Finally, the CA added that Malayan failed to show that the transfer of the insured properties increased the risk of the loss. It, thus, could not use such transfer as an excuse for not paying the indemnity to PAP. Although the insurance proceeds were payable to RCBC, PAP could still sue Malayan to enforce its rights on the policy because it remained a party to the insurance contract.

Not in conformity with the CA decision, Malayan filed this petition for review anchored on the following
GROUNDS

I

THE COURT OF APPEALS HAS DECIDED THE CASE IN A MANNER NOT IN ACCORDANCE WITH THE LAW AND APPLICABLE DECISIONS OF THE HONORABLE COURT WHEN IT AFFIRMED THE DECISION OF THE TRIAL COURT AND THUS RULING IN THE QUESTIONED DECISION AND RESOLUTION THAT PETITIONER MALAYAN IS LIABLE UNDER THE INSURANCE CONTRACT BECAUSE:

CONTRARY TO THE CONCLUSION OF THE COURT OF APPEALS, PETITIONER MALAYAN WAS ABLE TO PROVE AND IT IS NOT DENIED, THAT ON THE FACE OF THE RENEWAL POLICY ISSUED TO RESPONDENT PAP CO., THERE IS AN AFFIRMATIVE WARRANTY OR A REPRESENTATION MADE BY THE INSURED THAT THE “LOCATION OF THE RISK” WAS AT THE SANYO BUILDING. IT IS LIKEWISE UNDISPUTED THAT WHEN THE RENEWAL POLICY WAS ISSUED TO RESPONDENT PAP CO., THE INSURED PROPERTIES WERE NOT AT THE SANYO BUILDING BUT WERE AT A DIFFERENT LOCATION, THAT IS, AT THE PACE FACTORY AND IT WAS IN THIS DIFFERENT LOCATION WHEN THE LOSS INSURED AGAINST OCCURRED. THESE SET OF UNDISPUTED FACTS, BY ITSELF ALREADY ENTITLES PETITIONER MALAYAN TO CONSIDER THE RENEWAL POLICY AS AVOIDED OR RESCINDED BY LAW, BECAUSE OF CONCEALMENT, MISREPRESENTATION AND BREACH OF AN AFFIRMATIVE WARRANTY UNDER SECTIONS 27, 45 AND 74 IN RELATION TO SECTION 31 OF THE INSURANCE CODE, RESPECTIVELY.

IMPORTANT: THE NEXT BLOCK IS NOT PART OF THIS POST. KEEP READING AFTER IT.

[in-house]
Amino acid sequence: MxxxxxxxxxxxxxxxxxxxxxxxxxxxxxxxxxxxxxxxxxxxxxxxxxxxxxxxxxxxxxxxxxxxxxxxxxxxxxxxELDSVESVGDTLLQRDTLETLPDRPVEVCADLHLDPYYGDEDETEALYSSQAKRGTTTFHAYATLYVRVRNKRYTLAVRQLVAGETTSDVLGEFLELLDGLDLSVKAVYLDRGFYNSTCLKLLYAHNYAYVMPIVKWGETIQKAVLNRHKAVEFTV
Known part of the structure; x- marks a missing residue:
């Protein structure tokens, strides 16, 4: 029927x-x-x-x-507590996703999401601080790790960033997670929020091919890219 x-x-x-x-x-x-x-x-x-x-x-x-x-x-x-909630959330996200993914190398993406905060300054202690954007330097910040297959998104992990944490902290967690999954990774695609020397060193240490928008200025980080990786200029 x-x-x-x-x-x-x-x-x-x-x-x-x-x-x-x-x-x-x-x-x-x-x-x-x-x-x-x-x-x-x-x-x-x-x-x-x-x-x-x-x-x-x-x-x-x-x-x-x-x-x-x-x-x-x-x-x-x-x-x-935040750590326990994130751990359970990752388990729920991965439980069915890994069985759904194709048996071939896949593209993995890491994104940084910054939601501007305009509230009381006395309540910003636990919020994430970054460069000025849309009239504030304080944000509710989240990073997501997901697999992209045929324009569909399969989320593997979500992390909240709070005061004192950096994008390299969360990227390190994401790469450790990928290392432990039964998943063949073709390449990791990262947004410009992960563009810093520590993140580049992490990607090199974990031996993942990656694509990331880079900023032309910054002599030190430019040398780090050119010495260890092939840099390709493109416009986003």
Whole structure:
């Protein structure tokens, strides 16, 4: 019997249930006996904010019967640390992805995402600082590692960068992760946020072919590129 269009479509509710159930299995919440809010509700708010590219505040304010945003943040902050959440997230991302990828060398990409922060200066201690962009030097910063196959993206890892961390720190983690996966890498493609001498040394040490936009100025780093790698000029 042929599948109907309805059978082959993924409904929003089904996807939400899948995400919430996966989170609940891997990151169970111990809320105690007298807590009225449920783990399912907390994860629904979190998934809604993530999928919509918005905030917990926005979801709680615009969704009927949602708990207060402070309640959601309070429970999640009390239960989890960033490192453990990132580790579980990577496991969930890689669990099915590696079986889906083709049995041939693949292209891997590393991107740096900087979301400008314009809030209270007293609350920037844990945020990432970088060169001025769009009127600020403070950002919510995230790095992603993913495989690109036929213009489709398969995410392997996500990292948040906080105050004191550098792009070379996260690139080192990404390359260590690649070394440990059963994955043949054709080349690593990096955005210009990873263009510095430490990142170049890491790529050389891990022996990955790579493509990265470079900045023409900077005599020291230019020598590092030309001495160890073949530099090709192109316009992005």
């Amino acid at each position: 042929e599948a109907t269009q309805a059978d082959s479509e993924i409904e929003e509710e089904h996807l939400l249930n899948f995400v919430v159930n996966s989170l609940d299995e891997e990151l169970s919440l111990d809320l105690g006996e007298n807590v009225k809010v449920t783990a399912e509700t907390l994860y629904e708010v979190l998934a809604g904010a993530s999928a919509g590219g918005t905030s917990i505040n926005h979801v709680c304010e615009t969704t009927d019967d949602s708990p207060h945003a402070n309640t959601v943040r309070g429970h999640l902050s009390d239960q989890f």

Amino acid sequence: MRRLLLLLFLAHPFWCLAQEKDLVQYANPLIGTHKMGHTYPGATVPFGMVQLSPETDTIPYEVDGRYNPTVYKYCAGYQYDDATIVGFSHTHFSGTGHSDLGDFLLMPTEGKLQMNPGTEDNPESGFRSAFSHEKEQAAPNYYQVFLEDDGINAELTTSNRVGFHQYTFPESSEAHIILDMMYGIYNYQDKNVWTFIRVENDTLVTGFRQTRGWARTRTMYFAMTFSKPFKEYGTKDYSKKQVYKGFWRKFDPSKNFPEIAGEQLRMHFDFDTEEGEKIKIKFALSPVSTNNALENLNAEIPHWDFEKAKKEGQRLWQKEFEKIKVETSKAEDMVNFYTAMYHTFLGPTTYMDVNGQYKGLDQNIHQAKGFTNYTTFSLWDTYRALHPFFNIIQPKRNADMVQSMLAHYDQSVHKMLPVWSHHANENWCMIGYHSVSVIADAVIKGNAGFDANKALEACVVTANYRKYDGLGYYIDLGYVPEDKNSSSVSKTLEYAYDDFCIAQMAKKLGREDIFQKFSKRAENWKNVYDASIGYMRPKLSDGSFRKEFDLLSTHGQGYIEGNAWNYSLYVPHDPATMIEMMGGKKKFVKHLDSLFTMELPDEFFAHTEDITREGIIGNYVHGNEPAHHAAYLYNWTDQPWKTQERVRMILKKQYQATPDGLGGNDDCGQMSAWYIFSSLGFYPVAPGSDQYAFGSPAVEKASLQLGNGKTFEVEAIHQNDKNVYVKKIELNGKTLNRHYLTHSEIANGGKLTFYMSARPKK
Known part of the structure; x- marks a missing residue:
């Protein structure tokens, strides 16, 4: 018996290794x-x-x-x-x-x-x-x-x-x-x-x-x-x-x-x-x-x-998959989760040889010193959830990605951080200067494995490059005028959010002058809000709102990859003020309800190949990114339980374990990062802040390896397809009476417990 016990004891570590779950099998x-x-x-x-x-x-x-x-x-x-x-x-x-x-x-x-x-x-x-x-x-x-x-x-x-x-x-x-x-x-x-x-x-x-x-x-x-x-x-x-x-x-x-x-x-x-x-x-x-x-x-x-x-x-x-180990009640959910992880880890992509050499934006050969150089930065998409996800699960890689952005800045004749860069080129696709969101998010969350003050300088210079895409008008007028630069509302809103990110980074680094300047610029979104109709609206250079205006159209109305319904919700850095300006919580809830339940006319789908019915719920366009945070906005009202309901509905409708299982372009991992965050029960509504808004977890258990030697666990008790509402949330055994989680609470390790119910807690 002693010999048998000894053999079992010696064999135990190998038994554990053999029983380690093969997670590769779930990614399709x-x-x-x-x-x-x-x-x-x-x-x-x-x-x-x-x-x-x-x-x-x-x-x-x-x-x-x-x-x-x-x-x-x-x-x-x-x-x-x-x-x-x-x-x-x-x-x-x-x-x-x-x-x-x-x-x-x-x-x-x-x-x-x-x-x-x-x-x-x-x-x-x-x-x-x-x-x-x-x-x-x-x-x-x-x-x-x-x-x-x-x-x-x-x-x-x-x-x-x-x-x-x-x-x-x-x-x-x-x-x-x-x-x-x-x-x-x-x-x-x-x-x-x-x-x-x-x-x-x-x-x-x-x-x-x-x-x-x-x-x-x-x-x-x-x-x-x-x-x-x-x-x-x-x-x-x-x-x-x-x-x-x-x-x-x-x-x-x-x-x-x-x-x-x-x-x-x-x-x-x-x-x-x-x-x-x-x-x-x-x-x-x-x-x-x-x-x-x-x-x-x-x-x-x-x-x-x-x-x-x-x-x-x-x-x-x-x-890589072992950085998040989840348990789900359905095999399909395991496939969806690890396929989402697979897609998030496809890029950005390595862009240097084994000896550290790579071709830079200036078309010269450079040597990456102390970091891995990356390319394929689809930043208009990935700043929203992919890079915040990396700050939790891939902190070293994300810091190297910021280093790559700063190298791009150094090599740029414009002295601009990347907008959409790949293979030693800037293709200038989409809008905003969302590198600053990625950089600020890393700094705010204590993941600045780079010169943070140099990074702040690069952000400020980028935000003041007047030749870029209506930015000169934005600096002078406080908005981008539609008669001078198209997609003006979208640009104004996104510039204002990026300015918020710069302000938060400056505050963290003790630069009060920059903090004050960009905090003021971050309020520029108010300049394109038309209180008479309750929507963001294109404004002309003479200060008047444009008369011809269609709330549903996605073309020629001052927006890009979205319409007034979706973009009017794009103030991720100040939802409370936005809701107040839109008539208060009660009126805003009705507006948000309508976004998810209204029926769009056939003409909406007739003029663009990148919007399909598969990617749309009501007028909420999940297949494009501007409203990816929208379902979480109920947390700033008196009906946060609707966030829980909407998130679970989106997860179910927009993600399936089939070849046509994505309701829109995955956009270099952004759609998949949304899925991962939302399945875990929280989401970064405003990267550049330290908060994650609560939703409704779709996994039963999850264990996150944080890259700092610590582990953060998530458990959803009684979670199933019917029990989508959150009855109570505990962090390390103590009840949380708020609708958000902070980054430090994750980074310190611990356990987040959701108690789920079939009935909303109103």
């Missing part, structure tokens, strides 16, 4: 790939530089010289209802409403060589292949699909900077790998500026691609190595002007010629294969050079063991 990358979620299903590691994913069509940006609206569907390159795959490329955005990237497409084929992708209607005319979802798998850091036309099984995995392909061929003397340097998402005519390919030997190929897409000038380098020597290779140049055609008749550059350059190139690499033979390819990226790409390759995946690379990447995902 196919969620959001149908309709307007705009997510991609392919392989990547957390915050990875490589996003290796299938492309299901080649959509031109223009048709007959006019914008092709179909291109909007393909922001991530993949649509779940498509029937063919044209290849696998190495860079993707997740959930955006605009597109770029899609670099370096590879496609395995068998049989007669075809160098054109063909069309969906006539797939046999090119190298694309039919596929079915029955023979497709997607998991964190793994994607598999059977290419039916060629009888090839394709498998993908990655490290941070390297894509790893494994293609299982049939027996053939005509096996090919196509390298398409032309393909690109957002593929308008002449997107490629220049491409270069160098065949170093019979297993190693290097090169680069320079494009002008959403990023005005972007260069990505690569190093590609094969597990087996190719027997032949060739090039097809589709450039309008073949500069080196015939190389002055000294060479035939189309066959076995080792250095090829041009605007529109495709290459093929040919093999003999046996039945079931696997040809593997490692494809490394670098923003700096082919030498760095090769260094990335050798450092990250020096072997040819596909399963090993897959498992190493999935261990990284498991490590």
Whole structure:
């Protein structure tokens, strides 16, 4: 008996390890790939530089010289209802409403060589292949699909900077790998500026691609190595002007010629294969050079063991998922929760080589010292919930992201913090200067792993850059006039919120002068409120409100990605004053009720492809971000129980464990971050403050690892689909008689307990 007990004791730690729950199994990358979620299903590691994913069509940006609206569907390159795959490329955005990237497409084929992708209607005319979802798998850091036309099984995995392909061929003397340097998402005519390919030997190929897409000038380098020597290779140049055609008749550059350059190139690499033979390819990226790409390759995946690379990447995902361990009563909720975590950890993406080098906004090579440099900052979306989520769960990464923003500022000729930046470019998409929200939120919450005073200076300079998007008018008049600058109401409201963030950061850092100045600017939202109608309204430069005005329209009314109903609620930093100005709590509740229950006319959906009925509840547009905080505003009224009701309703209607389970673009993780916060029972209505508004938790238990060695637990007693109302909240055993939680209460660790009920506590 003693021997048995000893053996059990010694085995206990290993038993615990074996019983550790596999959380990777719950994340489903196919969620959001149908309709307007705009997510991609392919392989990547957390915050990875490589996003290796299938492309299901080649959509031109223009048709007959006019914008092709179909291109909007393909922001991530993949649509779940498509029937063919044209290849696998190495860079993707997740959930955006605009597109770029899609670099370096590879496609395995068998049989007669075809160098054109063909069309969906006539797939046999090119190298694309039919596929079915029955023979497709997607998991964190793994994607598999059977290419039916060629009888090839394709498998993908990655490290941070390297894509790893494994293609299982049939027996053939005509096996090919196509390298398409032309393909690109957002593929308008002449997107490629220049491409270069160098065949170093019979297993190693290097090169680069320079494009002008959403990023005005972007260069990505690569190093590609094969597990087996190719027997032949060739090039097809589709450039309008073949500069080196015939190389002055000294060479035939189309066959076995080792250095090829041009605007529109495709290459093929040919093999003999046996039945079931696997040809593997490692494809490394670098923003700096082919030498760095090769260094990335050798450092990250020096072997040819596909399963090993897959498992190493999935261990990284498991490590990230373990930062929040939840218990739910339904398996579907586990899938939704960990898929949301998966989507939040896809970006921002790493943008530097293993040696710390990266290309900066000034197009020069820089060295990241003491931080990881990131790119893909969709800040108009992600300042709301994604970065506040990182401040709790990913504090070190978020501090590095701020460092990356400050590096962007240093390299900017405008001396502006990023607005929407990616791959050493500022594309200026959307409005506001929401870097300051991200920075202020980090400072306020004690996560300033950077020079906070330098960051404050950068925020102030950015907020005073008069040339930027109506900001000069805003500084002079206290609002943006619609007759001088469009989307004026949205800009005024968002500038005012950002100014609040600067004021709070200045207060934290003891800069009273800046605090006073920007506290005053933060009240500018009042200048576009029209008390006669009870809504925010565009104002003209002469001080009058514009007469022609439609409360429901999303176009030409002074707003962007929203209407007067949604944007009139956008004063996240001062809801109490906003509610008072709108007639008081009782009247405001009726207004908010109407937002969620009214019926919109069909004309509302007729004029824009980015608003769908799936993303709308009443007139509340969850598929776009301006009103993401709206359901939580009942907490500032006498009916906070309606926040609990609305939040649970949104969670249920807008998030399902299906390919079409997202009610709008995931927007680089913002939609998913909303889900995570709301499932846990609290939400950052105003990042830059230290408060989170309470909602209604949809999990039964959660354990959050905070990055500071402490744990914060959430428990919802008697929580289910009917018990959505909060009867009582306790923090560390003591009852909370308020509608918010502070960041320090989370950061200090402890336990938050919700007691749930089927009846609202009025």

RESPONDENT PAP CO. WAS NEVER ABLE TO SHOW THAT IT DID NOT COMMIT CONCEALMENT, MISREPRESENTATION OR BREACH OF AN AFFIRMATIVE WARRANTY WHEN IT FAILED TO PROVE THAT IT INFORMED PETITIONER MALAYAN THAT THE INSURED PROPERTIES HAD BEEN TRANSFERRED TO A LOCATION DIFFERENT FROM WHAT WAS INDICATED IN THE INSURANCE POLICY.

IN ANY EVENT, RESPONDENT PAP CO. NEVER DISPUTED THAT THERE ARE CONDITIONS AND LIMITATIONS TO THE RENEWAL POLICY WHICH ARE THE REASONS WHY ITS CLAIM WAS DENIED IN THE FIRST PLACE. IN FACT, THE BEST PROOF THAT RESPONDENT PAP CO. RECOGNIZES THESE CONDITIONS AND LIMITATIONS IS THE FACT THAT ITS ENTIRE EVIDENCE FOCUSED ON ITS FACTUAL ASSERTION THAT IT SUPPOSEDLY NOTIFIED PETITIONER MALAYAN OF THE TRANSFER AS REQUIRED BY THE INSURANCE POLICY.

MOREOVER, PETITIONER MALAYAN PRESENTED EVIDENCE THAT THERE WAS AN INCREASE IN RISK BECAUSE OF THE UNILATERAL TRANSFER OF THE INSURED PROPERTIES. IN FACT, THIS PIECE OF EVIDENCE WAS UNREBUTTED BY RESPONDENT PAP CO.
II

THE COURT OF APPEALS DEPARTED FROM, AND DID NOT APPLY, THE LAW AND ESTABLISHED DECISIONS OF THE HONORABLE COURT WHEN IT IMPOSED INTEREST AT THE RATE OF TWELVE PERCENT (12%) INTEREST FROM THE TIME OF THE LOSS UNTIL FULLY PAID.


JURISPRUDENCE DICTATES THAT LIABILITY UNDER AN INSURANCE POLICY IS NOT A LOAN OR FORBEARANCE OF MONEY FROM WHICH A BREACH ENTITLES A PLAINTIFF TO AN AWARD OF INTEREST AT THE RATE OF TWELVE PERCENT (12%) PER ANNUM.

MORE IMPORTANTLY, SECTIONS 234 AND 244 OF THE INSURANCE CODE SHOULD NOT HAVE BEEN APPLIED BY THE COURT OF APPEALS BECAUSE THERE WAS NEVER ANY FINDING THAT PETITIONER MALAYAN UNJUSTIFIABLY REFUSED OR WITHHELD THE PROCEEDS OF THE INSURANCE POLICY BECAUSE IN THE FIRST PLACE, THERE WAS A LEGITIMATE DISPUTE OR DIFFERENCE IN OPINION ON WHETHER RESPONDENT PAP CO. COMMITTED CONCEALMENT, MISREPRESENTATION AND BREACH OF AN AFFIRMATIVE WARRANTY WHICH ENTITLES PETITIONER MALAYAN TO RESCIND THE INSURANCE POLICY AND/OR TO CONSIDER THE CLAIM AS VOIDED.